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Rawlings v. Kentucky
United States Supreme Court
448 U.S. 98 (1980)
David Rawlings (defendant) was visiting a home when police arrived with a warrant for one of the home’s residents. The police did not find the resident. During the search, the police smelled marijuana smoke and saw marijuana seeds. Two officers left to get a search warrant, while the remaining officers detained Rawlings and the other occupants of the house. Rawlings was seated on a living-room sofa next to Vanessa Cox, another visitor. Cox’s purse was between them on the sofa. The officers returned with a search warrant, and Cox was ordered to empty her purse onto the coffee table. The contents of her purse included lysergic acid diethylamide (LSD) and several other controlled substances. Rawlings, who had dumped the drugs into Cox’s purse earlier that day, claimed ownership of the drugs. When police searched him, they found $4,500 in cash as well as a knife. Rawlings was charged by the state of Kentucky (plaintiff) with possession with intent to sell the drugs. Rawlings moved to suppress evidence of the drugs on the theory that the search of Cox’s purse had been illegal and that Rawlings had a reasonable expectation of privacy in Cox’s purse because it contained his property. At the suppression hearing, Rawlings admitted that he did not believe the purse would escape search by the police. The motion was denied, and Rawlings was convicted. On appeal, the Supreme Court of Kentucky affirmed the denial of the motion to suppress, holding that Rawlings had not made a sufficient showing that he had a reasonable expectation of privacy in the purse.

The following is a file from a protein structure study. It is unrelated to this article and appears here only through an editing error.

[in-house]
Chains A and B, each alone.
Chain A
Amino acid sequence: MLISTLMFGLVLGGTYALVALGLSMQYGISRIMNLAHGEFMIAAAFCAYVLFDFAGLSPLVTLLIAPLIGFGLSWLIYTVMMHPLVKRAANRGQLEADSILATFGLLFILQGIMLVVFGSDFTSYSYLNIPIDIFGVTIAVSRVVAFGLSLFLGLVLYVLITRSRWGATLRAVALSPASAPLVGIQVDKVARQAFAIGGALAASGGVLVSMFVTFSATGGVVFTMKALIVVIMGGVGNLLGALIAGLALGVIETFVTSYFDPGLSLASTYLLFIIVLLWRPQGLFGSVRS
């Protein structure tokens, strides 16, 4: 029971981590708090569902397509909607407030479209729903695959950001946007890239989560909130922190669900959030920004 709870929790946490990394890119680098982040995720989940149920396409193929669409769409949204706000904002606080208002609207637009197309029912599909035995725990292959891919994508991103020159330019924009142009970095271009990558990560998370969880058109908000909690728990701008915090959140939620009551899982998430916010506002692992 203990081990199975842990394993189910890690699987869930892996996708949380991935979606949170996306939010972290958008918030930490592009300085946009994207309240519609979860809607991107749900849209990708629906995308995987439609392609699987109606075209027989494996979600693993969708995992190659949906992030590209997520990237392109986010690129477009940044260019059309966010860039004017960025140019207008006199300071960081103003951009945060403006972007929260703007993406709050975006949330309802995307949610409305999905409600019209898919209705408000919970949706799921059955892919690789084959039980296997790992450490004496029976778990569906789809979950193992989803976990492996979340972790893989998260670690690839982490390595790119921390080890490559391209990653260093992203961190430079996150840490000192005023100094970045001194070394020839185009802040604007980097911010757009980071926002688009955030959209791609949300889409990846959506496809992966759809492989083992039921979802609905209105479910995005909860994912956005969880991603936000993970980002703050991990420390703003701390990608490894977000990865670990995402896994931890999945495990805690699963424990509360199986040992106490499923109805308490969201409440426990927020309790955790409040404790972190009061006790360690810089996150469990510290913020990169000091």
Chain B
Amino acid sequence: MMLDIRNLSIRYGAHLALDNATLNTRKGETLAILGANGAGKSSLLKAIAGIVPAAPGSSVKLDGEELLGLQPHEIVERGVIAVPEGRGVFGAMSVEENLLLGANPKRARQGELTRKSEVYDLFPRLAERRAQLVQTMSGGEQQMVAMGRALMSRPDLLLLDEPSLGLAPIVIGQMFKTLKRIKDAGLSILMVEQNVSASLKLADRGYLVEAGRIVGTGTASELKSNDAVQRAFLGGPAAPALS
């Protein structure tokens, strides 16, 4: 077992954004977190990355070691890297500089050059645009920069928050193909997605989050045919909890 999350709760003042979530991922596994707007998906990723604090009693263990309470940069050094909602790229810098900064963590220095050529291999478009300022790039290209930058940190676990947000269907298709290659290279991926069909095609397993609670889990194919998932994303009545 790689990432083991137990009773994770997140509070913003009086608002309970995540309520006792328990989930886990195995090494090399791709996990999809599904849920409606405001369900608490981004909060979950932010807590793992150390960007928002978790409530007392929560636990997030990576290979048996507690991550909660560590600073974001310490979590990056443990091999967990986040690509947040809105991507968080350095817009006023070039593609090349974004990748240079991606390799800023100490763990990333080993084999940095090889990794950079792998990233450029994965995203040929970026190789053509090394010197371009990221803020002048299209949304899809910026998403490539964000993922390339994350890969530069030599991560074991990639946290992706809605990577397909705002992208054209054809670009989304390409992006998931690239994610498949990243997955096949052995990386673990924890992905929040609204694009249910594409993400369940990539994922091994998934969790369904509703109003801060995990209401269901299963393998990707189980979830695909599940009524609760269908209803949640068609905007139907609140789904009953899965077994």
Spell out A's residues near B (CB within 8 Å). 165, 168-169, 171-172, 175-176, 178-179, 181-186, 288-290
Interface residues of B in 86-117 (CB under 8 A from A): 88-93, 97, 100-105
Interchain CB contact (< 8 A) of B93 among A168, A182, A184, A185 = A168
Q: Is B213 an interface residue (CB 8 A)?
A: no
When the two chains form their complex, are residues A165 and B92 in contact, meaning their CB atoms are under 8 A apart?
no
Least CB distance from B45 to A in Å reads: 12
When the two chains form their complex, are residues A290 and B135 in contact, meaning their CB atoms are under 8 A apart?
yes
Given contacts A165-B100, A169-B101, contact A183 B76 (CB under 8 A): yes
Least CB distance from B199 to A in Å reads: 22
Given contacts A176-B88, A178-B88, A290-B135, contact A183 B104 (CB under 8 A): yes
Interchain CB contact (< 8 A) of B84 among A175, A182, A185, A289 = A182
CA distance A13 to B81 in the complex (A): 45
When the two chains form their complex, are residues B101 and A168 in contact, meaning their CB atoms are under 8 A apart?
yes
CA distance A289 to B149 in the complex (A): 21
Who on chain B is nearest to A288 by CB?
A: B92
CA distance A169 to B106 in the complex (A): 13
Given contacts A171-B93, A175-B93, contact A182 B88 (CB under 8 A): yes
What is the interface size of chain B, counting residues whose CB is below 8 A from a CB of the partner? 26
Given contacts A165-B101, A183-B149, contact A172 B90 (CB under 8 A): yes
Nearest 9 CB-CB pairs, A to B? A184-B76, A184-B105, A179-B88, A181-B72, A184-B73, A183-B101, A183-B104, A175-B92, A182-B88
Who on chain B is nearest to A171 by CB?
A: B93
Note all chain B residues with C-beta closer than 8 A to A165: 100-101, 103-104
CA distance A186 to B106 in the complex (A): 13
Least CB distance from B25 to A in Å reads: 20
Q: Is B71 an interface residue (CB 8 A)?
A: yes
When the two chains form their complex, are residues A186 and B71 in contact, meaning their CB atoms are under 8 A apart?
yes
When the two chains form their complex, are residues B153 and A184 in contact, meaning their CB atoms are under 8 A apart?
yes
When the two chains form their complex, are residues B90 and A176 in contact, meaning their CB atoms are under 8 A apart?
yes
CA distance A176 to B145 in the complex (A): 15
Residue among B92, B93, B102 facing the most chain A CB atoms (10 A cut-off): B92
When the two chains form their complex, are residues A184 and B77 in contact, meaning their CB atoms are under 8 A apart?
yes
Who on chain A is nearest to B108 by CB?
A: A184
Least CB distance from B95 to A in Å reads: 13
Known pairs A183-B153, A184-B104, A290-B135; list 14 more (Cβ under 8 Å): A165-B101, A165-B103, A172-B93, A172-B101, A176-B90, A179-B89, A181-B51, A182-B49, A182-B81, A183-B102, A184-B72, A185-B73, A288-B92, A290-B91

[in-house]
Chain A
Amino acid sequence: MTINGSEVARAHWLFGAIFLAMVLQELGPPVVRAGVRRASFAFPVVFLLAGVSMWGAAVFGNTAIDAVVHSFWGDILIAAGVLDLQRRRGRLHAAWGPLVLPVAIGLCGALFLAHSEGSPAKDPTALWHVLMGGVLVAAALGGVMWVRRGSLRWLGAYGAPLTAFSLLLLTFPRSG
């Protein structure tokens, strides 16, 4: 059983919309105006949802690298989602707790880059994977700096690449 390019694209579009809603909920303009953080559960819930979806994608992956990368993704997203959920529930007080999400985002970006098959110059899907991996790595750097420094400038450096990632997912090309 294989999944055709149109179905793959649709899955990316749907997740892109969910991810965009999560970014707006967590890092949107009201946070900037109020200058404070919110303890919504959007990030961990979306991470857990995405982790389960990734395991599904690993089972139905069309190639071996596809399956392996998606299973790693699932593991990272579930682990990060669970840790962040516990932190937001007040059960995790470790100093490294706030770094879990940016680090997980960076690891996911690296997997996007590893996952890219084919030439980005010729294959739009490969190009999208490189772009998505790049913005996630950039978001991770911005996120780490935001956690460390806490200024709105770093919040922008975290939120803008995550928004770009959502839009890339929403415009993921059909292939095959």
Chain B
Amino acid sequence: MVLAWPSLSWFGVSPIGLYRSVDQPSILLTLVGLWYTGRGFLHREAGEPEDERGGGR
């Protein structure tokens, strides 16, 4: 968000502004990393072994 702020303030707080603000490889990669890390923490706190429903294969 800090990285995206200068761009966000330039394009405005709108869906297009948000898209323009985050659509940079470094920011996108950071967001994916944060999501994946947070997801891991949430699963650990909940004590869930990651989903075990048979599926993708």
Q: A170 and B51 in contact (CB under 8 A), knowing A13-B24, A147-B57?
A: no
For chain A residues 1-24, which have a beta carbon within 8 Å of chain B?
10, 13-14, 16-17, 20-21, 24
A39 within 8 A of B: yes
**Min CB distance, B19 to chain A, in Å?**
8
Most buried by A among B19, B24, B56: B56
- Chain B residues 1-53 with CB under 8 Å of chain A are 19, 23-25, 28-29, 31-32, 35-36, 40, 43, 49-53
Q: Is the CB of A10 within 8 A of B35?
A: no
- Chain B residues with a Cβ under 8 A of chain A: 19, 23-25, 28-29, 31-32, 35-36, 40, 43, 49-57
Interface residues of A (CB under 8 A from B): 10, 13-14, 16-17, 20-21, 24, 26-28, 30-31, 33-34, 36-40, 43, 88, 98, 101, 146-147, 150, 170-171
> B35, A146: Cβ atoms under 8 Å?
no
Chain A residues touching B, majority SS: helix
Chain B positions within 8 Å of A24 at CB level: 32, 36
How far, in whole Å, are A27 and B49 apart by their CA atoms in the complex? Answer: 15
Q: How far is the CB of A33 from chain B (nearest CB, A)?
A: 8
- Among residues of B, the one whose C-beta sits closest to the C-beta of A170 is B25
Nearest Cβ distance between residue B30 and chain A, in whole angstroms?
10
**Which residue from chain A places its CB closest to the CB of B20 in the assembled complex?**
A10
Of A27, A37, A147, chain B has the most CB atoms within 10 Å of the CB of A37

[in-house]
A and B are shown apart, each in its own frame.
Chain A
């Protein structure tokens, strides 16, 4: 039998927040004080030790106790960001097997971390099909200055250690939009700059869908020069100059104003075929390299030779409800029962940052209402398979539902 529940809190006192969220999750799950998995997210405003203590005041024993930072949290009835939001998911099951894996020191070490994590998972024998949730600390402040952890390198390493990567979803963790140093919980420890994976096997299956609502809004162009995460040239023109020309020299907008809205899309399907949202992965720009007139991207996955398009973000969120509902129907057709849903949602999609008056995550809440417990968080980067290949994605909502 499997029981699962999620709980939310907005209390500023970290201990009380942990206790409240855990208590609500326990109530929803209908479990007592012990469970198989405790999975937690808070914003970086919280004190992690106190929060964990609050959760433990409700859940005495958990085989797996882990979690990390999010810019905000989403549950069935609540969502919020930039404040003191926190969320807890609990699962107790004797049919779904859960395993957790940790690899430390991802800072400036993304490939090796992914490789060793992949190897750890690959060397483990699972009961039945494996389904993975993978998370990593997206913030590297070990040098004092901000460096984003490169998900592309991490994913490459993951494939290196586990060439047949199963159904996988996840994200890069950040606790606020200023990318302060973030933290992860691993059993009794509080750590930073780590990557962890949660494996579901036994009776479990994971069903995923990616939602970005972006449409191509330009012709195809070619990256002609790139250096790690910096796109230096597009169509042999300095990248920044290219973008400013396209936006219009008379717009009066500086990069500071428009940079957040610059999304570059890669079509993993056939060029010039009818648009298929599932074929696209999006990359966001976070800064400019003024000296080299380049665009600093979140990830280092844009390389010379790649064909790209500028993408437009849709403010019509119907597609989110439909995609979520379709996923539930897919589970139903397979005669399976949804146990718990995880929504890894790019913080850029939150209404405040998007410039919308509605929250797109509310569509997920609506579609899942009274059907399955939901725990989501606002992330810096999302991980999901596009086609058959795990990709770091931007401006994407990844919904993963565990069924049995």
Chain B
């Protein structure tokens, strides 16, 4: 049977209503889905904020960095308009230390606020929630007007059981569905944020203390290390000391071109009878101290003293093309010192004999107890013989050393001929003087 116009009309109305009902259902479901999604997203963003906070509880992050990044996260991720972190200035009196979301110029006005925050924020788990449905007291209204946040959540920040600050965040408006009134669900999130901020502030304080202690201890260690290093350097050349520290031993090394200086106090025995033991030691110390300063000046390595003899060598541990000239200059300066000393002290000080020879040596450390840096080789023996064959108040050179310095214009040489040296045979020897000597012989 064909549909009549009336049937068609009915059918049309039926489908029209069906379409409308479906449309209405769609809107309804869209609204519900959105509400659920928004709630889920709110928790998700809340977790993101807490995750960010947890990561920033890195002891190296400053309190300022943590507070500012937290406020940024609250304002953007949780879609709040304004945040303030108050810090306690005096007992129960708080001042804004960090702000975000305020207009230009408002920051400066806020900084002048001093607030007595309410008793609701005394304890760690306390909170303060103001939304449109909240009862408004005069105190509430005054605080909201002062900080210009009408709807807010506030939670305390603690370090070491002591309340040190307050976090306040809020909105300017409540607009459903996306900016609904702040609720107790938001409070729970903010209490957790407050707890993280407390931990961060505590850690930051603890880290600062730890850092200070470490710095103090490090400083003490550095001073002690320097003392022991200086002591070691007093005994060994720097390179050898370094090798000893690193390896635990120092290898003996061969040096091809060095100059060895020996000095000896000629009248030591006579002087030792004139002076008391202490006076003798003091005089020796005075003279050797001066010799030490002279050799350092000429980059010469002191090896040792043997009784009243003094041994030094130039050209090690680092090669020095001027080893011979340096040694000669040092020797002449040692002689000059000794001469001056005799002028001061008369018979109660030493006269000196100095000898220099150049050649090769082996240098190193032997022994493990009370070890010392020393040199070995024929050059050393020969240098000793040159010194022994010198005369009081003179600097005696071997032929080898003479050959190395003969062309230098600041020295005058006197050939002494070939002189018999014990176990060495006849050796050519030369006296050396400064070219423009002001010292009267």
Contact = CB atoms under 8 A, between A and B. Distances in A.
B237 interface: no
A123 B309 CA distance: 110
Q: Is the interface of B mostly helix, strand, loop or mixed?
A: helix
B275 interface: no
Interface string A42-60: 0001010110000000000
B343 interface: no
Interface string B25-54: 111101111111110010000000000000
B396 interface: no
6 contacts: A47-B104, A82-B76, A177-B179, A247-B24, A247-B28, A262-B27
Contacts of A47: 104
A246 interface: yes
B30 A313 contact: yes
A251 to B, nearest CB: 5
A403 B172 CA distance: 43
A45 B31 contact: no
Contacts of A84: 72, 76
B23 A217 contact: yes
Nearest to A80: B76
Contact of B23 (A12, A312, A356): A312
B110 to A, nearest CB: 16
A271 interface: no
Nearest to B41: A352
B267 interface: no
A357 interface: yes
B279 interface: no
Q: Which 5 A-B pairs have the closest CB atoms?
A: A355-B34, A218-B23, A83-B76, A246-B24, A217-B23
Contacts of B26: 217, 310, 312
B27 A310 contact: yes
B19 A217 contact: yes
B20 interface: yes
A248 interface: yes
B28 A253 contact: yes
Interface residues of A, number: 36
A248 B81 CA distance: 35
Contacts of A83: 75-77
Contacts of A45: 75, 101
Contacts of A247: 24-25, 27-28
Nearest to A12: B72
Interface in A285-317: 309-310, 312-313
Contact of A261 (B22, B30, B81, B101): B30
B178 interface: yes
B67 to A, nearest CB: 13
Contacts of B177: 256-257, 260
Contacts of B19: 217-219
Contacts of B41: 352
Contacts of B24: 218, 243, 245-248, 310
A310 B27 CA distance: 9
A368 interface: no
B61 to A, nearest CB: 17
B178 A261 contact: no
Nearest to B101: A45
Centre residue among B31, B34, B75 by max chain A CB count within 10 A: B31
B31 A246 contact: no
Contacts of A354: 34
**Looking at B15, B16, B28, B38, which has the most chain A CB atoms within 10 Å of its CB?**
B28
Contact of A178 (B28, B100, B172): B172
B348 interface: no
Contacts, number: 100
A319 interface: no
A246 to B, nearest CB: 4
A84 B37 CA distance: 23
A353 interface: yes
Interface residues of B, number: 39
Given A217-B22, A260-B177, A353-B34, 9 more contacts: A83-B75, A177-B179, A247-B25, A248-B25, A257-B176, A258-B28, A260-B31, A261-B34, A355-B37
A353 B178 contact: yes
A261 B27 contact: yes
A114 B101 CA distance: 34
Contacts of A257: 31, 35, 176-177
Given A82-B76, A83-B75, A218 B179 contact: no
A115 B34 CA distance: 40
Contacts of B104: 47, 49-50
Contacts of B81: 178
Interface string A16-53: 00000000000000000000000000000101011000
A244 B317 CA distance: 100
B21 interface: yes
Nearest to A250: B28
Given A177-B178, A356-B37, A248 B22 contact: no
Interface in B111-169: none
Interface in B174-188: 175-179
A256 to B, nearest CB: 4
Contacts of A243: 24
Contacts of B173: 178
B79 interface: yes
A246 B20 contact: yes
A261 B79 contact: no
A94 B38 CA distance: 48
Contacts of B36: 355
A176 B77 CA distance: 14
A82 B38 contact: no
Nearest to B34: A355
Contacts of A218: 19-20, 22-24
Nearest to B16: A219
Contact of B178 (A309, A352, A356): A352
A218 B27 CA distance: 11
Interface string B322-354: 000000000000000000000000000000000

Rule of Law
Holding and Reasoning (Rehnquist, C.J.)
Dissent (Marshall, J.)
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